Bonus links: Critical Moral Liberalism: Theory and Practice (“liberal theories often serve as ideological cover for oppression of one group by others.”) and Against Liberalism and “François Furet, 20 ans après”
Link to an article by Jim Kavanagh:
This is the best article I have yet encountered about gun rights vs. gun control.
Link to an article by Joseph Ramsey:
I find it much harder to look past the problems with Michael Moore’s film Bowling for Columbine, but Ramsey offers some extremely interesting observations that don’t really depend on even seeing the film.
Bonus link: “When Liberals Go Wrong”
A major contribution of (good) social science is to uncover and articulate implied meanings, as well as to refute false denials of meaning. This is to say that human beings are often disingenuous in their explicit statements. While that statement is hardly shocking (or original), it nonetheless stands in marked contrast to the work of a large swath of academic studies that rely on surveys and take all survey responses at face value, for instance. More useful is an analysis — often statistical — that largely disregards (or diminishes) stated intents and rationales and instead draws out hidden motivations and benefits. Take for instance accusations of discrimination, like racism. Many racists deny that they are in fact racist (often because they rationally understand that such admissions are treated with derision and, sometimes, are prosecuted/redressed), frequently relying instead on a professed mantra of individual choice (or “states rights”, etc.). These are often subtle attempts to re-frame the discussion away from the kinds of statistical analyses that would show how those purportedly benign personal choice in fact rely upon and support discriminatory “social constructs”. In a broader sense, this ties in to reliance on a very binary analytical system of individual subjectivity vs. scientific/observable fact that is overly simplistic. More pernicious are things like “implicit bias” theorizing, which is really a characteristically Liberal response to this issue, and which still accepts the basic individual choice framework (largely side-stepping analysis of “social constructs”) but admits to errors of isolated individuals in order to leave the pre-existing (and unexamined) “social constructs” in place. Well, and the outright hostility to the very idea of “social constructs,” to wit Margaret Thatcher’s infamous quip, “There is no such thing as society.”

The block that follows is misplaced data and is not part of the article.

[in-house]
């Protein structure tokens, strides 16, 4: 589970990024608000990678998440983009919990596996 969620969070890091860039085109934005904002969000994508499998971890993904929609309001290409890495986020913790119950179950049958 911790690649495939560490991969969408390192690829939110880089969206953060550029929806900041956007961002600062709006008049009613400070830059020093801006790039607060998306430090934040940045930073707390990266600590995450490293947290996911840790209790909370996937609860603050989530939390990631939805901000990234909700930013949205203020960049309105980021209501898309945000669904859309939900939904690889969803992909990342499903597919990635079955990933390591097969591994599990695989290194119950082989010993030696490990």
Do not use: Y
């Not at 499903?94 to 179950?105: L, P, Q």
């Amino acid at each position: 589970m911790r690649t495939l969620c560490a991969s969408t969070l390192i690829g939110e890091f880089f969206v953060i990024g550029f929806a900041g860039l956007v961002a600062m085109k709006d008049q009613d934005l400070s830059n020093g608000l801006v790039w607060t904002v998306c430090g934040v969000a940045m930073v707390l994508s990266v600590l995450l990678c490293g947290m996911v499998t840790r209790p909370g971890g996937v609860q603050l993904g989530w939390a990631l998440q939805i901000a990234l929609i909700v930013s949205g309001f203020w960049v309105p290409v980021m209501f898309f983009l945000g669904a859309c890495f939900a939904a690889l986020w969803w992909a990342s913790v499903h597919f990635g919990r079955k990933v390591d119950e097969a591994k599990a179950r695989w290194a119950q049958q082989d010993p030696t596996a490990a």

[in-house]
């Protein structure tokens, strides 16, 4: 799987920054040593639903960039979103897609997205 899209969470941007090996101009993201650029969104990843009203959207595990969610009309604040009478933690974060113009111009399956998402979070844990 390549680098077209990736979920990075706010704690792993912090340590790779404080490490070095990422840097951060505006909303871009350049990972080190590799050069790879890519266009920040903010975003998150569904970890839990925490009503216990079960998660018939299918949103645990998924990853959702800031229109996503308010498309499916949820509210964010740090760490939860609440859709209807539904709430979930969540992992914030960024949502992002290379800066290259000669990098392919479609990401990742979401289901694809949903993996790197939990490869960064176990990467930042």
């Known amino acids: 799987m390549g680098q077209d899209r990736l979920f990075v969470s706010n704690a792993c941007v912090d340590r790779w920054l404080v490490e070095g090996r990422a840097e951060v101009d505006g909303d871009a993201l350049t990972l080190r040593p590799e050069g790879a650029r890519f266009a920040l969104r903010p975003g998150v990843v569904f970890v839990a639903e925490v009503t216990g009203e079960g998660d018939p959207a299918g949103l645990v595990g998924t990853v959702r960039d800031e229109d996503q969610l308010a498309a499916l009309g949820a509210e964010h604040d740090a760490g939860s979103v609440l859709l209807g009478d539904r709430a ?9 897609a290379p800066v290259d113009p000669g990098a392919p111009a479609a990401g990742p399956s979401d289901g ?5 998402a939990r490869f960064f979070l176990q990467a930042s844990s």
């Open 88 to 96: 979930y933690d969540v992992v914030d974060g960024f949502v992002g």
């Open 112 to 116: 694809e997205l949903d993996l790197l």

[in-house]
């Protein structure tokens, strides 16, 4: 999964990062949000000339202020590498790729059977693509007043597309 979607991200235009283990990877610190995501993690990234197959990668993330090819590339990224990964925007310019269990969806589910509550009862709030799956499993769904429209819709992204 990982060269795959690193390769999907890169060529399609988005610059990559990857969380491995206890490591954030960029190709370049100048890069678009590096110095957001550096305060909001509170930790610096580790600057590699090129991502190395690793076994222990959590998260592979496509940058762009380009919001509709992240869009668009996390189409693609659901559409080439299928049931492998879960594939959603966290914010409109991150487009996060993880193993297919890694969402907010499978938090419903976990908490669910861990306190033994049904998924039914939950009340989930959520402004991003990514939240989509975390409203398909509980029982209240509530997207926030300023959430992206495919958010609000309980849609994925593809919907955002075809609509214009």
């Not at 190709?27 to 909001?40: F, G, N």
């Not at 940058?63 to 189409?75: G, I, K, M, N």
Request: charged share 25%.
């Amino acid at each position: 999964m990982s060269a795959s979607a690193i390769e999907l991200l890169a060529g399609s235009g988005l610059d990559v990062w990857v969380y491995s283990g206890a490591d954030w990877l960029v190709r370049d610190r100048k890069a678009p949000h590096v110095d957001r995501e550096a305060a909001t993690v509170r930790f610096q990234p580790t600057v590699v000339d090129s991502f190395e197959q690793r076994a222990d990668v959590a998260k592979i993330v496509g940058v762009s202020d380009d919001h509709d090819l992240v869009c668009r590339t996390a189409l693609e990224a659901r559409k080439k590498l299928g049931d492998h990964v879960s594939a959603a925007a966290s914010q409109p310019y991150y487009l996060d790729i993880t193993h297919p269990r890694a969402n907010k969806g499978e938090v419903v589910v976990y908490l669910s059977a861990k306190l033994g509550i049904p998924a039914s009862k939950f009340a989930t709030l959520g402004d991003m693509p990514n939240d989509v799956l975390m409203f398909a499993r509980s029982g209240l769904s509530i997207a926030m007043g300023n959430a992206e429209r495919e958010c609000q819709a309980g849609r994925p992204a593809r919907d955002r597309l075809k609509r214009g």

Selected illustrative links: See “A Southern City With Northern Problems” and “Marx’s ‘Capital’ at 150: History in Capital, Capital in History”
Link to an article by Edward S. Herman:
Bonus links: “Evidence of Google Blacklisting of Left and Progressive Sites Continues to Mount” and New York Times eXaminer and Liberalism: A Counter-History and War and Revolution: Rethinking the Twentieth Century and “How the ‘Fake News’ Scare Is Marginalizing the Left” and “Twitter Bans RT and Sputnik Ads, Who’s Next?” and “Who’s Afraid of Corporate COINTELPRO?” and “The Rise of the New McCarthyism”
Link to an article by Stephen Cooper:
Link to an article by Andre Damon:
Link to a labor rights report: